3.  Gaby (left) was not hard to look at.  This at a time when that could not always be said of the backgammon set (right).


4.  Lastly, Gaby gave the game a truly useful cube mnemonic presented in his book with the aforementioned Dr. Roman.


C – Consider Potential Gain vs. Potential Loss

U – Use the Cube as a Weapon, NOT as a Gift

B – Blend Checker Play and Cube Action

E – Eliminate Emotional Influence

Unfortunately, many players fail to remember Gaby’s sage advice with disastrous and sometimes humorous results.  That’s a topic we will begin exploring tomorrow in:

C – See, I was winning.  A minute ago.


I’ll Never Play This Game Again

by Jana Bohrer

Hit “Play” above and let’s have some backgammon Karaoke!
(Now THAT’S something you don’t hear every day.  Thank God.)

What do you get when you roll the dice?
You fan from the bar and then he doubles.
That’s what you get for all your troubles.
I’ll never roll the dice again.
I’ll never roll the dice again.

 What do you get when you slot the 5?
He rolls 4 4 and then he hits ya.
Now you see what slottin’ gets ya.
I’ll never leave a blot again.
I’ll never leave a blot again.

Don’t tell me what it’s all about,
I’ve been beavered and now I’m out.
Out of this game, this game that hates me.
I don’t give a damn what Snowie rates me.

What do you get when you make a prime?
He makes one too, and then he traps ya.
Get out with one, and then he slaps ya.
I’ll never make a prime again.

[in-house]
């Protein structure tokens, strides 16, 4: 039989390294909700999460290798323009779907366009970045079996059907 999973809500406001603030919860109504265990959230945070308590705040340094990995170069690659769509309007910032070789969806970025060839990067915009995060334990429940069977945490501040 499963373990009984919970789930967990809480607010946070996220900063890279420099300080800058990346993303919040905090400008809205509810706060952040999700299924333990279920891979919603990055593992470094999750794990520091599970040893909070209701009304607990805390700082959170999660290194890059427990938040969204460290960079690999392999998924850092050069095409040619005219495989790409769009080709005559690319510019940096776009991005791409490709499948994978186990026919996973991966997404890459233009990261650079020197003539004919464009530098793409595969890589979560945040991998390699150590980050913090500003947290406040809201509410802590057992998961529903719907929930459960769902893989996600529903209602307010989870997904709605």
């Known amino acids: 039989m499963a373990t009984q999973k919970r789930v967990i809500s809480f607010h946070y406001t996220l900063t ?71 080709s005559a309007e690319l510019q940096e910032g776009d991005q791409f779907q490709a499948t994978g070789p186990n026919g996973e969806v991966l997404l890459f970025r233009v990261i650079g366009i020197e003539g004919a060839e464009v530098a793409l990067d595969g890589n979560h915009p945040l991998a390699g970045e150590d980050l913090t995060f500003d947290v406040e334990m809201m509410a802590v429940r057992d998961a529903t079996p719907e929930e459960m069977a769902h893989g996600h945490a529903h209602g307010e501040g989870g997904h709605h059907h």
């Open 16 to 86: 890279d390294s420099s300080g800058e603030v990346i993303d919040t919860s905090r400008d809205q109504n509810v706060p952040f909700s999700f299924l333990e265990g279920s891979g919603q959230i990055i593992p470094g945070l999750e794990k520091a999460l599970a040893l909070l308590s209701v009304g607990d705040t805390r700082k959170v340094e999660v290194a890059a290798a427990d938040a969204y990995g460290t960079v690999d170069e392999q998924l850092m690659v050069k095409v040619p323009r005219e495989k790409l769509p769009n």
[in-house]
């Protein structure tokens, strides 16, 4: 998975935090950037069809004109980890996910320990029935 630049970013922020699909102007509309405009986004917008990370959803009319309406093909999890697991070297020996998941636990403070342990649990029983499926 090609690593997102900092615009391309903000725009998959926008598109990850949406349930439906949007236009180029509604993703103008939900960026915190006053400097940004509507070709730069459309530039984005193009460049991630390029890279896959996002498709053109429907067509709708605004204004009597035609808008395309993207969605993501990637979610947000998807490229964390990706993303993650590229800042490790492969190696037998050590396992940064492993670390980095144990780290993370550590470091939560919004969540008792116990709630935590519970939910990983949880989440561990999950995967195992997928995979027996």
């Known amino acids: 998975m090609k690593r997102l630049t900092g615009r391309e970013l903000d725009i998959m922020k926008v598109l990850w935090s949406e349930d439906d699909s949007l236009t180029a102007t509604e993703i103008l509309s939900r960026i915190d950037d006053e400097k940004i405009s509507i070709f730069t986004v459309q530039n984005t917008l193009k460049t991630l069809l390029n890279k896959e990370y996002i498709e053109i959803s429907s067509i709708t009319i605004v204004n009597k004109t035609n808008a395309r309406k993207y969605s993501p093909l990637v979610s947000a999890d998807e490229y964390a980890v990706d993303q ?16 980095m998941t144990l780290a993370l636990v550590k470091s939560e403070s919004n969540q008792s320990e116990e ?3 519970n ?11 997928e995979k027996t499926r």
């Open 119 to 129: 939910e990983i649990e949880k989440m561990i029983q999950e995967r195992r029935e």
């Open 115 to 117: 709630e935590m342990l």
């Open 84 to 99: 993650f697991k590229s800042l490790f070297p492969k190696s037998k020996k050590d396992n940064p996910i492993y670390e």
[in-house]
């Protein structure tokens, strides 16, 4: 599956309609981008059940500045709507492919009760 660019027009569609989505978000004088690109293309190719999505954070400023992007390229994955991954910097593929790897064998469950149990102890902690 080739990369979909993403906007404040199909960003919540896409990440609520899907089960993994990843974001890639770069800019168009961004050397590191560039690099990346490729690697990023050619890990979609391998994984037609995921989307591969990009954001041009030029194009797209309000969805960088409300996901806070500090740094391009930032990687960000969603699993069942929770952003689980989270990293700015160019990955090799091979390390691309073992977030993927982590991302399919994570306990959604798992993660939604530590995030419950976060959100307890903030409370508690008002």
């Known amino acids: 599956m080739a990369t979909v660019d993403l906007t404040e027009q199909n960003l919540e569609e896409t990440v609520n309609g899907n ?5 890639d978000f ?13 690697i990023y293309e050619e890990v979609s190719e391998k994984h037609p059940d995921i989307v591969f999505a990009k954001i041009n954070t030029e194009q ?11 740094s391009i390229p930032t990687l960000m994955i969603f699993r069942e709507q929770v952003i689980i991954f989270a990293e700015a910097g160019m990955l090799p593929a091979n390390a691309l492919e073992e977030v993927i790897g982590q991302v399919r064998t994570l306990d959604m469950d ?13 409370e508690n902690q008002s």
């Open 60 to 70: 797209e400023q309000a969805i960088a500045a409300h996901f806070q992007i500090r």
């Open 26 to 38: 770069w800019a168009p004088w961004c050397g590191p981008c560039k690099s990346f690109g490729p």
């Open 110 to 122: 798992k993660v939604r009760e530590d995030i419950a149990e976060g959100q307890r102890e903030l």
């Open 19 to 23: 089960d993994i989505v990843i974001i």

I’ll never make a prime again.

A History of the Game – Part Five

By Jana Bohrer

Following a long dormant period, backgammon re-emerged in the mid-1960s, largely due to Prince Alexis Obolensky also known as “The Father of Modern Backgammon”.

 Among other things, Obolensky co-founded the International Backgammon Association, established the World Backgammon Club of Manhattan, devised a backgammon tournament system, and then organized the first major international backgammon tournament in March, 1964. 

In his spare time, he fought the cold war as a CIA spy undercover as a US Fisheries Agent, wrestled snow leopards long before Putin made it cool, invented the exploding cigar used in an attempt on the life of Fidel Castro, and was featured on the Grassy Knoll as “Badgeman”.  (Clearly seen as blur in box behind President Kennedy.)


But most importantly, he made backgammon hip again.


Tragically, Prince Obolensky (seen with his wife in photo at left) died before realizing his long-cherished dream of imposing the Russian Imperial Dress Code on players.  The results of his premature demise before this crucial work could be finished, are all too apparent when one examines the photo on the right below of the modern player.


A History of the Game – Part Four

by Jana Bohrer

Backgammon reached Western Europe in the 11th century, first appearing in France.

In 1254, King Louis IX was forced to issue a decree prohibiting his court officials from playing when it was discovered that they were frittering away all their work time in houses of ill repute practicing dice mechanics.


Other innovations of the period include the first use of the magnetic board and dice combination set imported directly from China by Marco Polo Enterprises. This set was made widely available to players, and was marketed by late night town criers as:

Guaranteed to Produce the Roll You Need When You Need It! With No Shock Warrantee! For the Low, Low Price of ᵮ12.95 (florins) With Free Shipping and Extra Remote Control IF YOU ACT NOW!! (Batteries not invented.)

The first European depiction of such a set may be seen in Steen’s painting:

“WTF-Double Sixes AGAIN?!”